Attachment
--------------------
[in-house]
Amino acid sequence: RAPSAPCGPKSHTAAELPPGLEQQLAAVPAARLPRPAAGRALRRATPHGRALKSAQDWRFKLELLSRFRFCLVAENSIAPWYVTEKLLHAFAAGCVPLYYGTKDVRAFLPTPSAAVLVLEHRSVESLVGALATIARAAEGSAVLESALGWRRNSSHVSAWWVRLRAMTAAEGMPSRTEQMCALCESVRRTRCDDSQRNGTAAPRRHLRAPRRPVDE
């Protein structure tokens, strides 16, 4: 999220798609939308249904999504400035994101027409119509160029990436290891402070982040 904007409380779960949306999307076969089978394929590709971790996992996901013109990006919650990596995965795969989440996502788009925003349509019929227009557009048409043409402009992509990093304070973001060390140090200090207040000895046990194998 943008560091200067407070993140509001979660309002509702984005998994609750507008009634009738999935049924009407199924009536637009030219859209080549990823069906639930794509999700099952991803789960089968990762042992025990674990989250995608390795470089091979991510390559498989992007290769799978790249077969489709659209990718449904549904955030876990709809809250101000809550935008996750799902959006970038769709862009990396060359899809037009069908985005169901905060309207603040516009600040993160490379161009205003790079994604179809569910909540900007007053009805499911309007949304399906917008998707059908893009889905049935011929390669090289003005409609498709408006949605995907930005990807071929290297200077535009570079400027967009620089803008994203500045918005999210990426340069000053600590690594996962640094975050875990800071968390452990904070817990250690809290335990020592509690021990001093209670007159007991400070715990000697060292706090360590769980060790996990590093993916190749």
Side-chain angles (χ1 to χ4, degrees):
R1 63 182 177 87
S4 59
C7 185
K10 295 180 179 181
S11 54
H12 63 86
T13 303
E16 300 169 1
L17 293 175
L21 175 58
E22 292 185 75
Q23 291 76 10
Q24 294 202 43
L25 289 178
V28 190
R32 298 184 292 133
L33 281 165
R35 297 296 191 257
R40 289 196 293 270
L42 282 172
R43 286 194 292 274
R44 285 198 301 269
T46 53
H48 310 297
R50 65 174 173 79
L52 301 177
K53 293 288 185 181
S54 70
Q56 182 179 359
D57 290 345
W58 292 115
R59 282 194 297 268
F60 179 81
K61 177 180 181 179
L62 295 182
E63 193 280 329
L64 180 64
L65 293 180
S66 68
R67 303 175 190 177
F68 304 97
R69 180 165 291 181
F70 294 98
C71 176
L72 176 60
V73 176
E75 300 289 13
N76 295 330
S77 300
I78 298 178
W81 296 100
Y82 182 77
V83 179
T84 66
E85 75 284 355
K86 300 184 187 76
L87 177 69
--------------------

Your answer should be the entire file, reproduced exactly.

[in-house]
Amino acid sequence: RAPSAPCGPKSHTAAELPPGLEQQLAAVPAARLPRPAAGRALRRATPHGRALKSAQDWRFKLELLSRFRFCLVAENSIAPWYVTEKLLHAFAAGCVPLYYGTKDVRAFLPTPSAAVLVLEHRSVESLVGALATIARAAEGSAVLESALGWRRNSSHVSAWWVRLRAMTAAEGMPSRTEQMCALCESVRRTRCDDSQRNGTAAPRRHLRAPRRPVDE
């Protein structure tokens, strides 16, 4: 999220798609939308249904999504400035994101027409119509160029990436290891402070982040 904007409380779960949306999307076969089978394929590709971790996992996901013109990006919650990596995965795969989440996502788009925003349509019929227009557009048409043409402009992509990093304070973001060390140090200090207040000895046990194998 943008560091200067407070993140509001979660309002509702984005998994609750507008009634009738999935049924009407199924009536637009030219859209080549990823069906639930794509999700099952991803789960089968990762042992025990674990989250995608390795470089091979991510390559498989992007290769799978790249077969489709659209990718449904549904955030876990709809809250101000809550935008996750799902959006970038769709862009990396060359899809037009069908985005169901905060309207603040516009600040993160490379161009205003790079994604179809569910909540900007007053009805499911309007949304399906917008998707059908893009889905049935011929390669090289003005409609498709408006949605995907930005990807071929290297200077535009570079400027967009620089803008994203500045918005999210990426340069000053600590690594996962640094975050875990800071968390452990904070817990250690809290335990020592509690021990001093209670007159007991400070715990000697060292706090360590769980060790996990590093993916190749």
Side-chain angles (χ1 to χ4, degrees):
R1 63 182 177 87
S4 59
C7 185
K10 295 180 179 181
S11 54
H12 63 86
T13 303
E16 300 169 1
L17 293 175
L21 175 58
E22 292 185 75
Q23 291 76 10
Q24 294 202 43
L25 289 178
V28 190
R32 298 184 292 133
L33 281 165
R35 297 296 191 257
R40 289 196 293 270
L42 282 172
R43 286 194 292 274
R44 285 198 301 269
T46 53
H48 310 297
R50 65 174 173 79
L52 301 177
K53 293 288 185 181
S54 70
Q56 182 179 359
D57 290 345
W58 292 115
R59 282 194 297 268
F60 179 81
K61 177 180 181 179
L62 295 182
E63 193 280 329
L64 180 64
L65 293 180
S66 68
R67 303 175 190 177
F68 304 97
R69 180 165 291 181
F70 294 98
C71 176
L72 176 60
V73 176
E75 300 289 13
N76 295 330
S77 300
I78 298 178
W81 296 100
Y82 182 77
V83 179
T84 66
E85 75 284 355
K86 300 184 187 76
L87 177 69